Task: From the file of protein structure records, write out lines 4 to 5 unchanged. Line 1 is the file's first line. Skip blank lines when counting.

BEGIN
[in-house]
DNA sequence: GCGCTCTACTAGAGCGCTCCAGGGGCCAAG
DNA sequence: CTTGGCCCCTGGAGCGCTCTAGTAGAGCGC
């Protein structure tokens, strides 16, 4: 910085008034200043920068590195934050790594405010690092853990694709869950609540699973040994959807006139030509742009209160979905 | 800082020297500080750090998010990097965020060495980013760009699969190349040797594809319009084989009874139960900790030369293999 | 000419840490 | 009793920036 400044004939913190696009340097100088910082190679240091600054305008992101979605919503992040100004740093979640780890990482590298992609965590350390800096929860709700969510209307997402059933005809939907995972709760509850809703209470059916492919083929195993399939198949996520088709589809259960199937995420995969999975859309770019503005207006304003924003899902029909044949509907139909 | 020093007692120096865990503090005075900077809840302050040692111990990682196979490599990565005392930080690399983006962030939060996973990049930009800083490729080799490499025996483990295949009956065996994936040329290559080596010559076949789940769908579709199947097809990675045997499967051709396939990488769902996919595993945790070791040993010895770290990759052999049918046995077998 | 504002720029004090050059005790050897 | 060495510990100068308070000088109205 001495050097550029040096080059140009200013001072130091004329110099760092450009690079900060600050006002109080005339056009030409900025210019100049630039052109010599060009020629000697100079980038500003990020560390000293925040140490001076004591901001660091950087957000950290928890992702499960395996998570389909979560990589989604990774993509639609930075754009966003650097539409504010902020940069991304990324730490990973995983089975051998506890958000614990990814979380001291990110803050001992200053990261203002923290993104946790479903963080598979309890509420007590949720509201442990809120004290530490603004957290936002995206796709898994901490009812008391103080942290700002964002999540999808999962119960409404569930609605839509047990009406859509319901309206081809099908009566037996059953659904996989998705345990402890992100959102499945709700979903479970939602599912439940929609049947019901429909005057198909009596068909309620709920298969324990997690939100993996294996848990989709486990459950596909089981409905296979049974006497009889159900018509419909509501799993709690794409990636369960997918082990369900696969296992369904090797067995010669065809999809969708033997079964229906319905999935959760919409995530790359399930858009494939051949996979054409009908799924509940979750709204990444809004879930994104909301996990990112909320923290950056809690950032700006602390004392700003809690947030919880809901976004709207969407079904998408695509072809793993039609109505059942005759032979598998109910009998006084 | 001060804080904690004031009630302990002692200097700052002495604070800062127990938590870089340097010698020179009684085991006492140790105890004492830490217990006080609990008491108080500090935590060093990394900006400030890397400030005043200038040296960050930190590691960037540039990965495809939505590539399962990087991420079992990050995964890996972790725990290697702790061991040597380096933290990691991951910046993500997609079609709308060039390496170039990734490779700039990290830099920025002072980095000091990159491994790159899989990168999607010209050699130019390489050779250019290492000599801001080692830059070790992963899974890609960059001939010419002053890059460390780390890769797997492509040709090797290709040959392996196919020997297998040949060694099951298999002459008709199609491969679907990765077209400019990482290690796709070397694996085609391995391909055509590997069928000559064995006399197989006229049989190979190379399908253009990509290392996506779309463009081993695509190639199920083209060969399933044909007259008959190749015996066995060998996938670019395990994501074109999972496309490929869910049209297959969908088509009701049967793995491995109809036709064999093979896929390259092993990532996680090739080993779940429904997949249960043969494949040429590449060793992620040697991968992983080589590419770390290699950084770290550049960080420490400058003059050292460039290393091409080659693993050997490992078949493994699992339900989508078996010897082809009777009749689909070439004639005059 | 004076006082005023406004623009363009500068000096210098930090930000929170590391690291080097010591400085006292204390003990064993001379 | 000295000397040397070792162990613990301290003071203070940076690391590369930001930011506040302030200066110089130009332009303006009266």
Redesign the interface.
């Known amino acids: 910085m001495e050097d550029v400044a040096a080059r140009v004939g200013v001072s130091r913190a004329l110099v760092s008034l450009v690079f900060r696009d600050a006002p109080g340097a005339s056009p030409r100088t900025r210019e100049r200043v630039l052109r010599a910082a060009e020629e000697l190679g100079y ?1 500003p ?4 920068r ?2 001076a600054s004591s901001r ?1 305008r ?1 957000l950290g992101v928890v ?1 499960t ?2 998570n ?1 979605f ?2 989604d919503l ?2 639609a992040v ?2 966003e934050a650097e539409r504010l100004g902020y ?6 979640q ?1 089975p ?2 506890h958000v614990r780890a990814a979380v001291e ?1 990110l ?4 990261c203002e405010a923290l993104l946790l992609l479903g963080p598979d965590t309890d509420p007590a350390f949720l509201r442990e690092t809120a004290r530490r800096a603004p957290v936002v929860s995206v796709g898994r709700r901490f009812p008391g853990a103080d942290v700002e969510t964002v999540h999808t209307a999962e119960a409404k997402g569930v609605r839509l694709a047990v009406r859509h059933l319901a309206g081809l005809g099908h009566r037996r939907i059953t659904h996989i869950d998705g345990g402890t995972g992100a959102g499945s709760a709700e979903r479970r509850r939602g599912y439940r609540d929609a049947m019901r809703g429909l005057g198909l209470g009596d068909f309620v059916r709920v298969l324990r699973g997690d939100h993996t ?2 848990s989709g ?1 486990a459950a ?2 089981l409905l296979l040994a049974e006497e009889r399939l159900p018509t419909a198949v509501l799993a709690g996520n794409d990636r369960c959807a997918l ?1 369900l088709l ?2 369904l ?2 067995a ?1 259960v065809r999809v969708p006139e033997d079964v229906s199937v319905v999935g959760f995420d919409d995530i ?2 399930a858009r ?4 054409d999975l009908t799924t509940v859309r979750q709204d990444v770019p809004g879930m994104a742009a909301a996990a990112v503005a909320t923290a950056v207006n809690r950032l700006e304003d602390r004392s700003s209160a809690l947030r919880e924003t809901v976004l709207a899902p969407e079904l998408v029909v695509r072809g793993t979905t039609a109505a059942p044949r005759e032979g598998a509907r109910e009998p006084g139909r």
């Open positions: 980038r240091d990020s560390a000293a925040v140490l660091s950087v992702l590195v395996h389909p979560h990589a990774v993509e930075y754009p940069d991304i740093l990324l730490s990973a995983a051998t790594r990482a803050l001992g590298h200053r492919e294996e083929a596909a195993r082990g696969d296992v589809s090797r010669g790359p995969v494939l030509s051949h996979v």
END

């Protein structure tokens, strides 16, 4: 910085008034200043920068590195934050790594405010690092853990694709869950609540699973040994959807006139030509742009209160979905 | 800082020297500080750090998010990097965020060495980013760009699969190349040797594809319009084989009874139960900790030369293999 | 000419840490 | 009793920036 400044004939913190696009340097100088910082190679240091600054305008992101979605919503992040100004740093979640780890990482590298992609965590350390800096929860709700969510209307997402059933005809939907995972709760509850809703209470059916492919083929195993399939198949996520088709589809259960199937995420995969999975859309770019503005207006304003924003899902029909044949509907139909 | 020093007692120096865990503090005075900077809840302050040692111990990682196979490599990565005392930080690399983006962030939060996973990049930009800083490729080799490499025996483990295949009956065996994936040329290559080596010559076949789940769908579709199947097809990675045997499967051709396939990488769902996919595993945790070791040993010895770290990759052999049918046995077998 | 504002720029004090050059005790050897 | 060495510990100068308070000088109205 001495050097550029040096080059140009200013001072130091004329110099760092450009690079900060600050006002109080005339056009030409900025210019100049630039052109010599060009020629000697100079980038500003990020560390000293925040140490001076004591901001660091950087957000950290928890992702499960395996998570389909979560990589989604990774993509639609930075754009966003650097539409504010902020940069991304990324730490990973995983089975051998506890958000614990990814979380001291990110803050001992200053990261203002923290993104946790479903963080598979309890509420007590949720509201442990809120004290530490603004957290936002995206796709898994901490009812008391103080942290700002964002999540999808999962119960409404569930609605839509047990009406859509319901309206081809099908009566037996059953659904996989998705345990402890992100959102499945709700979903479970939602599912439940929609049947019901429909005057198909009596068909309620709920298969324990997690939100993996294996848990989709486990459950596909089981409905296979049974006497009889159900018509419909509501799993709690794409990636369960997918082990369900696969296992369904090797067995010669065809999809969708033997079964229906319905999935959760919409995530790359399930858009494939051949996979054409009908799924509940979750709204990444809004879930994104909301996990990112909320923290950056809690950032700006602390004392700003809690947030919880809901976004709207969407079904998408695509072809793993039609109505059942005759032979598998109910009998006084 | 001060804080904690004031009630302990002692200097700052002495604070800062127990938590870089340097010698020179009684085991006492140790105890004492830490217990006080609990008491108080500090935590060093990394900006400030890397400030005043200038040296960050930190590691960037540039990965495809939505590539399962990087991420079992990050995964890996972790725990290697702790061991040597380096933290990691991951910046993500997609079609709308060039390496170039990734490779700039990290830099920025002072980095000091990159491994790159899989990168999607010209050699130019390489050779250019290492000599801001080692830059070790992963899974890609960059001939010419002053890059460390780390890769797997492509040709090797290709040959392996196919020997297998040949060694099951298999002459008709199609491969679907990765077209400019990482290690796709070397694996085609391995391909055509590997069928000559064995006399197989006229049989190979190379399908253009990509290392996506779309463009081993695509190639199920083209060969399933044909007259008959190749015996066995060998996938670019395990994501074109999972496309490929869910049209297959969908088509009701049967793995491995109809036709064999093979896929390259092993990532996680090739080993779940429904997949249960043969494949040429590449060793992620040697991968992983080589590419770390290699950084770290550049960080420490400058003059050292460039290393091409080659693993050997490992078949493994699992339900989508078996010897082809009777009749689909070439004639005059 | 004076006082005023406004623009363009500068000096210098930090930000929170590391690291080097010591400085006292204390003990064993001379 | 000295000397040397070792162990613990301290003071203070940076690391590369930001930011506040302030200066110089130009332009303006009266």
Redesign the interface.